The need for microphysiological systems

[The need for MPS]
The advances in drug discovery are severely impacted by limitations of workhorse in vitro model systems, such as immortalized cell lines / 2D culture. These and other study systems, such as PDx, are characterized by modest translational value, arising form to lack of 3D environment, cell-heterogeneity and matrix in the former, and interspecies differences in the latter.

The search for improved biological screening system has led to efforts to created microphysiological systems, which are more representative of human physiology and pathology. In addition, these systems promise greater standardization, lower costs, as well as reduced vivisection. Such model systems have included spheroids, organoids, and organ-on-a-chip systems among others. The latter had the advantage of microfluidic fluid exchange, while the latter have used are traditional static medica in multi-well plates.
Organoids are more sophisticated than spheroids, although they also generally have a roughly spherical shape. The latter are characterized by the presence of stem cells, or pluripotent cells, which differentiate and propagate, growing into a mass of cells with organization that resembles organs in certain key aspects. Epithelial organoids, such as for liver, lung or pancreas, are characterized by mesenchyme core (inner mass), and the early development resembles a blastocyst.

[Benefits of MPS]
Microphysiological systems (MPS) enabling organoid growth address a critical need. These systems not only facilitate the growth of organoids, their improve their culture conditions due to perfusion, in preference for shaking, resulting in better organoid growth, due to improved delivery of nutrients, and more consistent shear flow. Microfluidic culture also results in more uniform growth of organoids. This is an important feature, because variation of the differentiation of organoids grown in batch format cannot be controlled.

Microphysiological systems also can facilitate and improve optical imaging by distributing organoids in a more uniform fashion compare with gel matrix in a multi-well plate (which can result in high-content confocal imaging acquisition of z-stack with mostly empty space, slowing down acquisition of data, and wasting terabytes of storage).

[Specific applications]
MPS systems enable 3D cell culture with perfusion of media. This technology can enable organoid growth for:

  • Study organ development
  • Drug development platform (safety/ toxicity, efficacy)
  • Precision/personalized medicine (patient response prediction)
  • Regeneration technology

The application for drug development includes infectious and genetic diseases, as well as cancer. Examples of established organoid cultures for study of healthy and disease tissue in various organs include:
Cancer Type Validation Notes
Gastric Architecture, cancer markers: morphology, transcriptomics, “mutational landscape” Seidlitz et al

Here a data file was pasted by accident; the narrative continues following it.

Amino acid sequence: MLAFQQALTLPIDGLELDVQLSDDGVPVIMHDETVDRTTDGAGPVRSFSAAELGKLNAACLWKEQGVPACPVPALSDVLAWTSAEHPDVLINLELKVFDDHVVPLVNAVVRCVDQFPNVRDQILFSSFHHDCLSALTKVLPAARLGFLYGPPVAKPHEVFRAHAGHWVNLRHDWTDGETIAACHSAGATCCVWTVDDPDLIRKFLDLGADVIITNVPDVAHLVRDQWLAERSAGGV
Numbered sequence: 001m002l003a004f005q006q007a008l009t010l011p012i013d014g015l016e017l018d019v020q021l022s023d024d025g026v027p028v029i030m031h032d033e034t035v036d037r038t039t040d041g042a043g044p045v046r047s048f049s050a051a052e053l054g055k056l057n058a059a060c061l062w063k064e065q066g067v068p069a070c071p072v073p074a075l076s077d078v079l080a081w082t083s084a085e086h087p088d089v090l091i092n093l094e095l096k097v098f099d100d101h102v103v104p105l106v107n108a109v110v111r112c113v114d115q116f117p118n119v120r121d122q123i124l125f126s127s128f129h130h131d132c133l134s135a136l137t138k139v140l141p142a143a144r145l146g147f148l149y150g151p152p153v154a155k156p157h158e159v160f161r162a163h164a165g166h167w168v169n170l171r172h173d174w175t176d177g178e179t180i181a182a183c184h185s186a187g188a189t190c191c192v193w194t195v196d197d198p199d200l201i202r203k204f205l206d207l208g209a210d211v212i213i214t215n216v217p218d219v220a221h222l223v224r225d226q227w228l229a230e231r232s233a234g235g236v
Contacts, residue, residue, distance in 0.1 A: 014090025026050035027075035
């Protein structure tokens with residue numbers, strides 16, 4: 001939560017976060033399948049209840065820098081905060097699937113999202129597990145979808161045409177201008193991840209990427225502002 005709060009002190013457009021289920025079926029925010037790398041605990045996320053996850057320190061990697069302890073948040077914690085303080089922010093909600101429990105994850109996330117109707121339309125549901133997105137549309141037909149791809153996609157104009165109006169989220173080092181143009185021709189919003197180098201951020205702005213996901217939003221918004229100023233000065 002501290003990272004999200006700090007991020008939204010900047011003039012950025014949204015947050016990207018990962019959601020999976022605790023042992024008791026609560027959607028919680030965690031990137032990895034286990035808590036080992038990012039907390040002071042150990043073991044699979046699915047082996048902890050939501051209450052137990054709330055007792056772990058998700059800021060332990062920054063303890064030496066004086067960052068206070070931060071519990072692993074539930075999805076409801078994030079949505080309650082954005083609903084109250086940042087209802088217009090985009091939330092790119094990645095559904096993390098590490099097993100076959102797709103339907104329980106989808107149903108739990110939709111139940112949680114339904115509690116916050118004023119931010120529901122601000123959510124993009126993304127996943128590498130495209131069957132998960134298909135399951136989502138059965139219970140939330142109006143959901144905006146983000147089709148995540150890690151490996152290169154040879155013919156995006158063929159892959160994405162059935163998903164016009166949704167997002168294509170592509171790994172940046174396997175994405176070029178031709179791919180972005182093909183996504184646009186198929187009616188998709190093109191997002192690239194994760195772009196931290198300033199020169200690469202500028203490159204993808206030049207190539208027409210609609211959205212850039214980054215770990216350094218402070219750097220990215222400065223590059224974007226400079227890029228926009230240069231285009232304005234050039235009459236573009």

Gut. 2018.
Instestinal Architecture, transcriptomics Vlachogiannis et al. Science. 2018;359:920–6.
Liver Architecture, transcriptomics Broutier et al.
Nat Med. 2017; 23:1424–35.
Pancreas Gene (expression?) alterations, tumoroid formation/morphology Seino et al
Cell Stem Cell. 2018;22(454–67):e6
Prostate Histological patterns in PDx models, similar genetic diversity in tumoroids to PDx Gao et al
Cell.2014;159:176–87.
Bladder Mutational profile similarity in vitro and in vivo Lee et al
Cell. 2018;173(515–28):e17.
Breast morphology, histopathology and gene profiles Sachs et al
Cell. 2018;172(373–86):e10.



Additionally, these microfluidic systems are well suited to simulate complex structures such as blood-brain barrier, skin, or gut. The advent of cell-based therapy (immuno-oncological treatments) requires even pre-clinical studies to involve complex, system-level model involving membranes, complex co-cultures, and other features. Successful development of microfluidic MPS systems to address those needs with depend on close collaboration of engineers and biologists.
 
Current limitations:
Current organoid technology still represents an imperfect version. Firstly, organoids only contain epithelial layer without tissue microenvironment, such as immune system and nervous system. Secondly, fully maturation to adult organs or tissues is a bottleneck required to be addressed. Thirdly, another limitation is the dependence on the extracellular matrix Matrigel or basement membrane extract of current organoids, which is produced from mouse tumor lines and thus might be unsuitable for human. Matrigel could also hamper drug penetration and be adverse to the potential of organoids in drug screens. Fourthly, culture medium needs to be further refined for long-term expansion of some organoids. Fifthly, growth
factors or molecular inhibitors in culture medium might have some effects on drug responses of organoids. Further efforts will be urgently exerted to solve these problems.